Musculoskeletal complications of systemic lupus erythematosus in the hopkins lupus cohort: An update

Authors

  • Michelle Petri MD, MPH

    Associate Professor, Corresponding author
    1. Division of Molecular and Clinical Rheumatology, Johns Hopkins University School of Medicine, Baltimore, MD
    • Division of Molecular and Clinical Rheumatology, Johns Hopkins University School of Medicine, 1830 East Monument Street, Suite 7500, Baltimore, MD 21203
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Abstract

Objective. To determine the frequency of musculoskeletal system damage among patients in the Hopkins Lupus Cohort, over time, and to determine predictors of musculoskeletal damage [including avascular necrosis of bone, osteoporosis, and fracture] in the same cohort.

Methods. Evaluation of the cohort visit database [from 1989 or at the time of entry into the cohort if later than 1989] for the 407 patients with systemic lupus erythematosus [SLE]. Musculoskeletal damage was measured by the SLICC/ACR Damage Index.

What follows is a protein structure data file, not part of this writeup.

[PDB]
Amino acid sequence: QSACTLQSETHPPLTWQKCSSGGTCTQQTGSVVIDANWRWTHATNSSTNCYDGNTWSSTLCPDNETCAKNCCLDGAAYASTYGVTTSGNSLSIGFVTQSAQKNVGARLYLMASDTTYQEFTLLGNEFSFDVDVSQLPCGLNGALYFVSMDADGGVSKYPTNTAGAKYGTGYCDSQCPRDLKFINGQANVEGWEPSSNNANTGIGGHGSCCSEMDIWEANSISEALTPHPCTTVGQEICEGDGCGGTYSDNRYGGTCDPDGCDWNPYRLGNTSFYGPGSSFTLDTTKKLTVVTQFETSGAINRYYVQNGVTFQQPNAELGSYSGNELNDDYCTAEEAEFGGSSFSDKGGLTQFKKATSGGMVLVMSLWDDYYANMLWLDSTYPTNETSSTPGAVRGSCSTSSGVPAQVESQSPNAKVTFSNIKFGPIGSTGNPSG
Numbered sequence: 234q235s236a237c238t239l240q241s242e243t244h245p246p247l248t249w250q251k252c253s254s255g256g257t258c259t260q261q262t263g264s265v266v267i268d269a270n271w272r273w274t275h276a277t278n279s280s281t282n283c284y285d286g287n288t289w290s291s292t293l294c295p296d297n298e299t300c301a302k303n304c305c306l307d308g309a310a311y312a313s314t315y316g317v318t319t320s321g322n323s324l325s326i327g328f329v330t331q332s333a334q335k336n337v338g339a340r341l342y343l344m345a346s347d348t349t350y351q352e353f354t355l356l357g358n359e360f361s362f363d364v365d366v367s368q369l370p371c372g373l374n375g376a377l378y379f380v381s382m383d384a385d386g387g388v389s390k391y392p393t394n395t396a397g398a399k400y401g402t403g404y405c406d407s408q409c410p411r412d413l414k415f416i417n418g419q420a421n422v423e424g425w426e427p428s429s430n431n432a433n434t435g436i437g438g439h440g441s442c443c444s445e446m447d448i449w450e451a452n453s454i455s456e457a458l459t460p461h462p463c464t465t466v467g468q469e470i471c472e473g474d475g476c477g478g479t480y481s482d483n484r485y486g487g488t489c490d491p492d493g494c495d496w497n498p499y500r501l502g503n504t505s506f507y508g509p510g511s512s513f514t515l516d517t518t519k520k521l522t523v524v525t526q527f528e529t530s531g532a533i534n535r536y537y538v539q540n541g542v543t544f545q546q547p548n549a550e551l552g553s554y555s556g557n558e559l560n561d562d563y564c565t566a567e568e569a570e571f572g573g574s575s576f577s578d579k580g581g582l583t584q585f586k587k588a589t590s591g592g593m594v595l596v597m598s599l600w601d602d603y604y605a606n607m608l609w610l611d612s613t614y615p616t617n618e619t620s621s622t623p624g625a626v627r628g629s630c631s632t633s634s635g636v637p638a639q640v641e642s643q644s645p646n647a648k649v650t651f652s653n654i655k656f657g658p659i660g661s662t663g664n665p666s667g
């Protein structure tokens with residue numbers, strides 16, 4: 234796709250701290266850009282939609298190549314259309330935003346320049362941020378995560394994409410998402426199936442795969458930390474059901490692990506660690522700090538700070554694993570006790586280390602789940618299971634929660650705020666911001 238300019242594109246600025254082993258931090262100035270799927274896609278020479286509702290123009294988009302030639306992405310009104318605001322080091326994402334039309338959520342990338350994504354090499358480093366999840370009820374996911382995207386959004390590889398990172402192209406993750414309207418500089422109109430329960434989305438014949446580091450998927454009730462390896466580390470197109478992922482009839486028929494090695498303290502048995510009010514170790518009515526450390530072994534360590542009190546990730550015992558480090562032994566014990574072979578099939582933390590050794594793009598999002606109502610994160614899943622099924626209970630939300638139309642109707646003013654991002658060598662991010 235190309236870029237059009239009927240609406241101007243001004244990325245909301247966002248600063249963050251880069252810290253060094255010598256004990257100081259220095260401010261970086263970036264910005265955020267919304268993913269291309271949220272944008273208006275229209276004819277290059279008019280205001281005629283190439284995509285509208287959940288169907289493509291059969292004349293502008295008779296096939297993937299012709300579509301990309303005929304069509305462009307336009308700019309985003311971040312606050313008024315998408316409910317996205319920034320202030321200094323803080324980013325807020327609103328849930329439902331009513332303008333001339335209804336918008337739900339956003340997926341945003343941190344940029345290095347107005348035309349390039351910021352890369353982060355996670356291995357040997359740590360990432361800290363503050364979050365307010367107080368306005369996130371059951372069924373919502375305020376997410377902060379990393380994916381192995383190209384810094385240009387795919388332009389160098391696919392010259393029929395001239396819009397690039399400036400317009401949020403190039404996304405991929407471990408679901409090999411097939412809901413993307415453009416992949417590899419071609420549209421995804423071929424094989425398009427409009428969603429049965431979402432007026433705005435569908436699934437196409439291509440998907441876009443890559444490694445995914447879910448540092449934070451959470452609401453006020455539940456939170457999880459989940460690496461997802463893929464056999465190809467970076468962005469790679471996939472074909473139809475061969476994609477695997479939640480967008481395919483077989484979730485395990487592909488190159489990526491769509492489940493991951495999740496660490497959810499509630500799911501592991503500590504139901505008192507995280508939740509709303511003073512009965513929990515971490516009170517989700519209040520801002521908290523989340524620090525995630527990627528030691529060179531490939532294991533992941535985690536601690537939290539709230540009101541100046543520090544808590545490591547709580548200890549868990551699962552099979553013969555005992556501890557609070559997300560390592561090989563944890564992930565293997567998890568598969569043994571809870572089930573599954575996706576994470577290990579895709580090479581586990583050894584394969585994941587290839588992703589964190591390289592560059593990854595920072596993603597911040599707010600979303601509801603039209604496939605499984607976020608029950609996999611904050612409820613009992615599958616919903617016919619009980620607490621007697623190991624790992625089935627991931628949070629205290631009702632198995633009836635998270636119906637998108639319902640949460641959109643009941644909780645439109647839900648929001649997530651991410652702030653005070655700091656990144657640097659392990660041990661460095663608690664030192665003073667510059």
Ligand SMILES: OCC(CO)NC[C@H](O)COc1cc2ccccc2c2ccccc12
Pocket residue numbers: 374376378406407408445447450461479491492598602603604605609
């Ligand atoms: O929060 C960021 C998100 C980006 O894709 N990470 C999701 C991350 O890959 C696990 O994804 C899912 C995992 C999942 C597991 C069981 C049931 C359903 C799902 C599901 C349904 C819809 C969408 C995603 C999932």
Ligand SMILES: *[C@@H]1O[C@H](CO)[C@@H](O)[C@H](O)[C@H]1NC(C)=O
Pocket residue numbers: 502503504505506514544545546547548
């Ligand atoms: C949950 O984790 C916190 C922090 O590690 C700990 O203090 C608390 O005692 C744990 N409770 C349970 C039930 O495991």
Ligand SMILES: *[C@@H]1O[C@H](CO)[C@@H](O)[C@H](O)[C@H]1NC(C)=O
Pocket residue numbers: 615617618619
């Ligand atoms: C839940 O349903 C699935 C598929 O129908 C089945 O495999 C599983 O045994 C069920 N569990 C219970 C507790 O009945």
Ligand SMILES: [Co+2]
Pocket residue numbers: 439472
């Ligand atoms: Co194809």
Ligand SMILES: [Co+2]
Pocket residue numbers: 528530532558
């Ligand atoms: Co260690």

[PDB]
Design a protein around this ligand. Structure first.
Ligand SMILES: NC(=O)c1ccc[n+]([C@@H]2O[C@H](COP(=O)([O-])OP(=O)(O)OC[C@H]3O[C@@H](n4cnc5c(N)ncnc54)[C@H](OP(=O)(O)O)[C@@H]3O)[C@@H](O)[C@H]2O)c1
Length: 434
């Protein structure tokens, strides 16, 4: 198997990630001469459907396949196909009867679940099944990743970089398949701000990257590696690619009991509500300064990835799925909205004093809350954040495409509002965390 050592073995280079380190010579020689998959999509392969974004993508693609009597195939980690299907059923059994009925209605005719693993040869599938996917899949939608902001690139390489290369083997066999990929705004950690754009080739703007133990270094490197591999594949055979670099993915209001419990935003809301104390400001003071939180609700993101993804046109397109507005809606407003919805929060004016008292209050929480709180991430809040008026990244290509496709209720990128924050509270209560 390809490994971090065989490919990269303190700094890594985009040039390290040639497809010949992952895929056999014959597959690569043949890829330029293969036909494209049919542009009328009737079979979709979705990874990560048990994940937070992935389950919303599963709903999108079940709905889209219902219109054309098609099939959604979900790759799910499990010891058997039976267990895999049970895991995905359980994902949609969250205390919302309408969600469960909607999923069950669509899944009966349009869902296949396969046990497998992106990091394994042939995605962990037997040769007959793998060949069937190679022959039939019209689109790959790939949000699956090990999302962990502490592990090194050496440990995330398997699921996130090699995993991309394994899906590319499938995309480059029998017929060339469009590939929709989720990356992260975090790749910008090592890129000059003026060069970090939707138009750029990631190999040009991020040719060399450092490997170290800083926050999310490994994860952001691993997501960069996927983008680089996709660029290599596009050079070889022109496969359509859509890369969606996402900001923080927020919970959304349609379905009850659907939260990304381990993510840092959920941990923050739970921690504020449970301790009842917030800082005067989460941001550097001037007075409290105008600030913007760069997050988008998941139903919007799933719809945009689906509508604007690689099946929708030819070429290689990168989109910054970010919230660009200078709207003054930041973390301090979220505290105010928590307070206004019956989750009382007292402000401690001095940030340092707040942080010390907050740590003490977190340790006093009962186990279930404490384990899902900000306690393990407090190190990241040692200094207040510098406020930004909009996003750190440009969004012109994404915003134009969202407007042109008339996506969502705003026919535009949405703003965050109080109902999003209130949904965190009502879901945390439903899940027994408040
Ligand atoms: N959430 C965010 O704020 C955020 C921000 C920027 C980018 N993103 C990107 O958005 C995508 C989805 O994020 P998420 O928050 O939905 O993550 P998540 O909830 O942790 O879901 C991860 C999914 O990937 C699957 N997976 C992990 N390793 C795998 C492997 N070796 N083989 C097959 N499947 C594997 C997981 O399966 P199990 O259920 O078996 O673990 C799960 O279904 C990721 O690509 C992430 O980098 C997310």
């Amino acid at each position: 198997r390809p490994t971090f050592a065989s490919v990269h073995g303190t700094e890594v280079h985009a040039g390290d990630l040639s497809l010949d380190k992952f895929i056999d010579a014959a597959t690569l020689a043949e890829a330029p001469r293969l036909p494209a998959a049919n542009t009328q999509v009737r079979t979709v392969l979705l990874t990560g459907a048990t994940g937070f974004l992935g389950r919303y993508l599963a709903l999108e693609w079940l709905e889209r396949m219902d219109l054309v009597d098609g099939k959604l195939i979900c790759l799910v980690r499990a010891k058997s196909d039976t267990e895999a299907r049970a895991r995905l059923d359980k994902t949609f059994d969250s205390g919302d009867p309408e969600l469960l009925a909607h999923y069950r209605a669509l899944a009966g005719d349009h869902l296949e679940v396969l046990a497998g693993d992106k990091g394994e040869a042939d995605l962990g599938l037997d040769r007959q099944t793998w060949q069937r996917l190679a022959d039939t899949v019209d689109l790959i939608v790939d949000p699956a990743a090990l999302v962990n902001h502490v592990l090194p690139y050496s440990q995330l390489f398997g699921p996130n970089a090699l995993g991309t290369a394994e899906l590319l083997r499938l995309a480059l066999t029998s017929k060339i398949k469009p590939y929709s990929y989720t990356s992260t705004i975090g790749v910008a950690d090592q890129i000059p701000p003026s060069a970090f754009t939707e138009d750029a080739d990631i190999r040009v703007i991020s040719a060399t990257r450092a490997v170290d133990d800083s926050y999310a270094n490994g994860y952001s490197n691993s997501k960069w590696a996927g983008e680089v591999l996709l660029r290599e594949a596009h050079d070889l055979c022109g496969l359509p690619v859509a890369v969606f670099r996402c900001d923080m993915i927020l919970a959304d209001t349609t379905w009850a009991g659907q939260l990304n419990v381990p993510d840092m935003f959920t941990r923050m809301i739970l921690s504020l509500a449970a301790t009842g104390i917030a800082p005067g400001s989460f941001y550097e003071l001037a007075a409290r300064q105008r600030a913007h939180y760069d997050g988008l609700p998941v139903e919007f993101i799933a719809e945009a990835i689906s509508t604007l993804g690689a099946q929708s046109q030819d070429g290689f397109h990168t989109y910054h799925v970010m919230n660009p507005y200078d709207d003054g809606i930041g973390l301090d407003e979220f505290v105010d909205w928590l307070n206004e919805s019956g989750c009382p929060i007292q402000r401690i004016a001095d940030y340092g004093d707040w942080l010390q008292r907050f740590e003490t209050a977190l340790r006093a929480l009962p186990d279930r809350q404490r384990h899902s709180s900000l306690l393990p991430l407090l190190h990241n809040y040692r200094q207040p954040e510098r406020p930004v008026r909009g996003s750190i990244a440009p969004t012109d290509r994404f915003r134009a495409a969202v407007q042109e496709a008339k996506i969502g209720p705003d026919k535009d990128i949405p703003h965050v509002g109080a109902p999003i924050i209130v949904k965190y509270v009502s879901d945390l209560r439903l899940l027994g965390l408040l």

Results. Total damage and musculoskeletal damage accumulated from the time of diagnosis of SLE, and musculoskeletal damage continued over time, with avascular necrosis of bone being the most common form. African-Americans and SLE patients of lower socioeconomic status were more likely to experience musculoskeletal damage. Use of corticosteroids was a major risk factor for both avascular necrosis of bone and osteoporosis.

Conclusio. Musculoskeletal damage remains one of the major sequela of SLE. Reduction of the modifiable risk factors [especially prednisone dose] is the key to both primary and secondary prevention efforts.

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